Servo Control For Robot Hand

I made the robot hand on the rendering and now I am trying to connect 6 servos to one Arduino Uno R3.

The power supply for the Servos is done. It provides 5 volts and can supply up to 15 Amps.

Question1: Can I actually control 6 individual servos with the PWM pins? (3,5,6,9,10,11) I read different answers.

Question2: At the moment the code turns one servo and then moves on to the next one. How can I have them all move at once?

Thank you for your time!

#include <Servo.h>

Servo servo1;  // create servo object to control a servo 
Servo servo2; // a maximum of eight servo objects can be created 
Servo servo3;
 
int delai = 20; //spelling is intended to avoid confusion with system comand

int ser1max = 1600;   //Max value in ° for Servo
int ser1min = 1200;    //Min value in ° for Servo
int serset1= 1050;     // Value that controlls Servo Position

int ser2max = 1600;   //Max value in ° for Servo
int ser2min = 1200;    //Min value in ° for Servo
int serset2= 1050;     // Value that controlls Servo Position

int ser3max = 1600;   //Max value in ° for Servo
int ser3min = 1200;    //Min value in ° for Servo
int serset3= 1050;     // Value that controlls Servo Position


void setup() 
{ 
  servo1.attach(9);  // attaches the servo on pin 9 to the servo object 
  servo2.attach (10);  
  servo3.attach (3);
} 
 
void loop() 
{ 
  for(serset1 = ser1min; serset1 < ser1max; serset1 += 10)  
  {                                  
    servo1.writeMicroseconds(serset1);              
    delay(delai);                       
  } 
  for(serset1 = ser1max ; serset1 > ser1min; serset1-= 10)      
  {                                
    servo1.writeMicroseconds(serset1);         
    delay(delai);                        
    
  } 
  //Servo 2 ---------------------------------------------------------------------------------------------------------------------------------------------------------------------
   for(serset2 = ser2min; serset2 < ser2max; serset2 += 10)  
  {                                  
    servo2.writeMicroseconds(serset2);              
    delay(delai);                       
  } 
  for(serset2 = ser2max ; serset2 > ser2min; serset2-= 10)      
  {                                
    servo2.writeMicroseconds(serset2);         
    delay(delai);                        
  } 
  //Servo 3 ---------------------------------------------------------------------------------------------------------------------------------------------------------------------
   for(serset3 = ser3min; serset3 < ser3max; serset3 += 10)  
  {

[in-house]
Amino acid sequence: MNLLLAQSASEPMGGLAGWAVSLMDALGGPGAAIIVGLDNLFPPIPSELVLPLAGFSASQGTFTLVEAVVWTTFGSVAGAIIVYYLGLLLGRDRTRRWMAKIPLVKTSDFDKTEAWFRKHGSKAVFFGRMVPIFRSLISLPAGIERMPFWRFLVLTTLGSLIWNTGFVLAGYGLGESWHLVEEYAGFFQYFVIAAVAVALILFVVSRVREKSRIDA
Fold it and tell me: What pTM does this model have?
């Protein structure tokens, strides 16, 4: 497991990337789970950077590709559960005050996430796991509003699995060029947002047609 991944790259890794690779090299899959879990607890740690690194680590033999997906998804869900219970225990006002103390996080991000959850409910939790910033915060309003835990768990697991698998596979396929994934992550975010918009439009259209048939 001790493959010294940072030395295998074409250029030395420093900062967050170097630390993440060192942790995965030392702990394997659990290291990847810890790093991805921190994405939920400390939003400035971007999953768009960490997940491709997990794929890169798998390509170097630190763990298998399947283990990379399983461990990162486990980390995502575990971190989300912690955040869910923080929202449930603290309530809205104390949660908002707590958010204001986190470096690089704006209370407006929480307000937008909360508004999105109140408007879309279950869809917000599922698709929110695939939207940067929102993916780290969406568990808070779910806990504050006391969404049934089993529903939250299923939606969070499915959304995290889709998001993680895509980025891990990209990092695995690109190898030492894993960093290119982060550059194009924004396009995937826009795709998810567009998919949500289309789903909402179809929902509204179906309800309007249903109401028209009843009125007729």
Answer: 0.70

servo3.writeMicroseconds(serset3);              
    delay(delai);                       
  } 
  for(serset3 = ser3max ; serset3 > ser3min; serset3-= 10)      
  {                                
    servo3.writeMicroseconds(serset3);         
    delay(delai);                        
  } 
}

You can control 16 servos with the TLC5940NT

http://playground.arduino.cc/learning/TLC5940#.UyjMI_ldX_o

tlc5940.pdf (1.23 MB)

Question 1: are these standard R/C servos? If so, why do you think you need to use PWM pins?
Question 2: we can’t see your code

AWOL:
Question 1: are these standard R/C servos? If so, why do you think you need to use PWM pins?
Question 2: we can’t see your code

Question1: Yes standard R/C servos. A friend pointed at the PWM pins and said. Each of these can run one Servo.
Question2: I don’t know why. Hope you can see it here.

#include <Servo.h>

Servo servo1; // create servo object to control a servo
Servo servo2; // a maximum of eight servo objects can be created
Servo servo3;

int delai = 20; //spelling is intended to avoid confusion with system comand

int ser1max = 1600; //Max value in ° for Servo
int ser1min = 1200; //Min value in ° for Servo
int serset1= 1050; // Value that controlls Servo Position

int ser2max = 1600; //Max value in ° for Servo
int ser2min = 1200; //Min value in ° for Servo
int serset2= 1050; // Value that controlls Servo Position

int ser3max = 1600; //Max value in ° for Servo
int ser3min = 1200; //Min value in ° for Servo
int serset3= 1050; // Value that controlls Servo Position

void setup()
{
servo1.attach(9); // attaches the servo on pin 9 to the servo object
servo2.attach (10);
servo3.attach (3);
}

void loop()
{
for(serset1 = ser1min; serset1 < ser1max; serset1 += 10)
{
servo1.writeMicroseconds(serset1);
delay(delai);
}
for(serset1 = ser1max ; serset1 > ser1min; serset1-= 10)
{
servo1.writeMicroseconds(serset1);
delay(delai);

}
//Servo 2 ---------------------------------------------------------------------------------------------------------------------------------------------------------------------
for(serset2 = ser2min; serset2 < ser2max; serset2 += 10)
{
servo2.writeMicroseconds(serset2);
delay(delai);
}
for(serset2 = ser2max ; serset2 > ser2min; serset2-= 10)
{
servo2.writeMicroseconds(serset2);
delay(delai);
}